Almine Rech London is pleased to present the second exhibition of Chloe Wise with the gallery and her first in London, opening April 10th, 2019.
In Not That We Don’t, Wise continues her exploration into portraiture, landing on the unspoken dynamics that maintain the individual’s participation amongst the group, allowing for their seemingly fluid existence in society. Placed within a space of ambiguity, Wise’s subjects flirt with legibility; their gathering suggesting a familiar event such as a party, theatrical production, or a yearbook photo, only to deny the grounds for any such staged communion.
The new suite of paintings examine the vital and voluntary social rituals permitting collective harmony. Populated portraits are composed in rainbow hues, cheekily calling to mind the aesthetics of performed inclusivity that colored Benetton ads and scholastic material of the artist’s childhood. A recurrent cast of sitters appears and disappears in dynamic poses, across multiple canvases and compositions. Within the confines of these paintings, severed floating hands outnumber faces. And if we generally rely on facial expressions to interpret emotional states, the continued exclusion of faces imbues the gesticulating extremities with psychic vigor. Painted with deft precision, these disembodiments tacitly hold multiple meanings: is an outstretched pointer finger decrying or approving? Is the hand resting on that shoulder supportive or oppressive? Do entwined fingers belong to an obedient cult member or a patient dinner party guest?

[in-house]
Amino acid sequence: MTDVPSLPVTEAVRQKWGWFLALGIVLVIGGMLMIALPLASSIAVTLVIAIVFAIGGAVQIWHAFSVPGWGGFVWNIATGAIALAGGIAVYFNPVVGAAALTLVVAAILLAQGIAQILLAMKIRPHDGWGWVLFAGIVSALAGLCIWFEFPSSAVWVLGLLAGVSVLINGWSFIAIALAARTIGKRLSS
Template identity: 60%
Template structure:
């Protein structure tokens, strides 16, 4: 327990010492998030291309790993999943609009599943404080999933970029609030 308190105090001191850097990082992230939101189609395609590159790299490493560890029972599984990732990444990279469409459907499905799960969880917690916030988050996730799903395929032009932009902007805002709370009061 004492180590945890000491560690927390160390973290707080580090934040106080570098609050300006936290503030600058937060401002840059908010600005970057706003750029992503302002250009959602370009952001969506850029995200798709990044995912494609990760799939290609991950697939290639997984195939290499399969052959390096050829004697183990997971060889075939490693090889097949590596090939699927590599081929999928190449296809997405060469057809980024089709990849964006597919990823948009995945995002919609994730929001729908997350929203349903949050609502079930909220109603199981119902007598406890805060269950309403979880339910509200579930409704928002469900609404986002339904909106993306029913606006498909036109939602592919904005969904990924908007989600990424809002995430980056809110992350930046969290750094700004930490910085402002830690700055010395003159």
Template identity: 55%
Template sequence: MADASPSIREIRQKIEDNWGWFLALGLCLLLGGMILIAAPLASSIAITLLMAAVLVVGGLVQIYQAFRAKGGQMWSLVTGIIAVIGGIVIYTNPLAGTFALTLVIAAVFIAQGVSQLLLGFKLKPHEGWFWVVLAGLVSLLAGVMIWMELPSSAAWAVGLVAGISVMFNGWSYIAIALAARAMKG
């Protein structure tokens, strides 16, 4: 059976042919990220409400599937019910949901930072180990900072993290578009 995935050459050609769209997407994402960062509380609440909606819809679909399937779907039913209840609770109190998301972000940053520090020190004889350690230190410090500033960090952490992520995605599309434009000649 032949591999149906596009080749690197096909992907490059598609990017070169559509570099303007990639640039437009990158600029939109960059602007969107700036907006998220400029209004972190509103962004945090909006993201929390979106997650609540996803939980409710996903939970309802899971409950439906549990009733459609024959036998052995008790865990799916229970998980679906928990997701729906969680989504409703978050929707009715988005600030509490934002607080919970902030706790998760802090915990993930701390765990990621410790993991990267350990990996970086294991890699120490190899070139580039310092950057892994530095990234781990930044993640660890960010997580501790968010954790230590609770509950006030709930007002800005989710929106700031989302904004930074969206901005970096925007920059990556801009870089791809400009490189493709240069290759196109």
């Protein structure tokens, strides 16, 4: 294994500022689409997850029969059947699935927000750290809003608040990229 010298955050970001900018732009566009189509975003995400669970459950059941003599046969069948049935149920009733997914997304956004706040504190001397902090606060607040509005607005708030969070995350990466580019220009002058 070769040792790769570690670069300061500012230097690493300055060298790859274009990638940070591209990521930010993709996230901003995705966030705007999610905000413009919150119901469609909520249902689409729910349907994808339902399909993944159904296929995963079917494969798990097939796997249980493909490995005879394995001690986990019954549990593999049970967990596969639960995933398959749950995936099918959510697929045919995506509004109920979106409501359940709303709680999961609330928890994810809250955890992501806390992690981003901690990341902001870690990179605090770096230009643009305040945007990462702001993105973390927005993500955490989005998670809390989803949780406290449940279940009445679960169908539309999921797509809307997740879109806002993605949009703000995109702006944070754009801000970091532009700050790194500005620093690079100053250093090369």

Throughout her work, Wise’s sitters share a stage with a medley of recognizable goods, codifying their contemporaneity. In this series, subjects are framed alongside diverse products of sanitization - from disinfectant to Saran wrap. Speaking to their ethnographic corollary in 1954, Roland Barthes posited that the advertisement of soaps and other “purifying products” covertly enforced a violent eradication of threatening entities. Soap, for Barthes, was no different than other value-based institutions in which we are asked to place our trust, like religion or state; refuges which protect us from the threat of abjection, impurity, and chaos. And while the lush environments of Wise’s paintings signal the comfort of cleanliness, the appearance of Kleenex or Purell speaks to a violence festering below the surface should one not adhere to implied regulation. The commingling of multiple persons and detergents is a reminder of the implicit management that enables cooperation to extend into control.
A further sense of alarm is signaled by the engorged stature of Wise’s chosen figures, looming in an imposing and disquieting manner. With mouths agape and unwavering eye contact, their expressions are arrested at moments suggestive of their desire to break with their pose, or beckoning us to look away. While the magnetic quality of the paintings command our complete attention, gawking eventually activates discomfort. The viewer is confronted with the perpetual oscillation between seduction and repulsion in face of these figures, speaking to the dichotomy between the active and passive, viewer and object.